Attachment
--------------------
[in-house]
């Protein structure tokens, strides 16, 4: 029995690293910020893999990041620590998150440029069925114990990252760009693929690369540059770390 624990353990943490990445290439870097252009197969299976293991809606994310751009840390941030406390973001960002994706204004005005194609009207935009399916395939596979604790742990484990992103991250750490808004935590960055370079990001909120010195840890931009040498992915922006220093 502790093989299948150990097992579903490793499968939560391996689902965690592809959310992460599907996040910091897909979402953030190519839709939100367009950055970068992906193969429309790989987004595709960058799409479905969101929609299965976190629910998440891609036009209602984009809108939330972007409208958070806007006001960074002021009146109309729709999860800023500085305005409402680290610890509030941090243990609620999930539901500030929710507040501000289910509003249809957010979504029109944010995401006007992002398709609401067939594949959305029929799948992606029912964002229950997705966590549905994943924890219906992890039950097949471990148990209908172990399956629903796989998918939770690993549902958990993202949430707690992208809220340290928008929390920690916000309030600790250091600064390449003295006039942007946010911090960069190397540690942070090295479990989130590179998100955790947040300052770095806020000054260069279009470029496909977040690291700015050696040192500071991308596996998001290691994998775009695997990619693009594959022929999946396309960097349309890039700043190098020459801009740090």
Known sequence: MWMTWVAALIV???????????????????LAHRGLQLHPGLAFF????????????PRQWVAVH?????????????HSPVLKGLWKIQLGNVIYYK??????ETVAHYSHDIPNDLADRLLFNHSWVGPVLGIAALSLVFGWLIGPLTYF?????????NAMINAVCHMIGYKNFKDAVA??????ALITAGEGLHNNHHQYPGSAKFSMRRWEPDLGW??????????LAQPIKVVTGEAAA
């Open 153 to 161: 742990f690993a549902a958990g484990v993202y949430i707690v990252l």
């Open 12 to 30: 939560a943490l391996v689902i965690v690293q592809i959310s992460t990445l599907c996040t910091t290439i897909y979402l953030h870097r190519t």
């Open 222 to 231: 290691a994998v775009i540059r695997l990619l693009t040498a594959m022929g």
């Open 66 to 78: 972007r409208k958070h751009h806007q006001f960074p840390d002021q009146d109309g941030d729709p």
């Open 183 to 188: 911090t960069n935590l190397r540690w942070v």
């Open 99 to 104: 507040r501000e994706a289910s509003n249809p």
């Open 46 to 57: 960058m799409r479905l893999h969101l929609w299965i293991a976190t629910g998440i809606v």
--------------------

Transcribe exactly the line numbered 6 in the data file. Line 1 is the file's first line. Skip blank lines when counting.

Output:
């Open 222 to 231: 290691a994998v775009i540059r695997l990619l693009t040498a594959m022929g």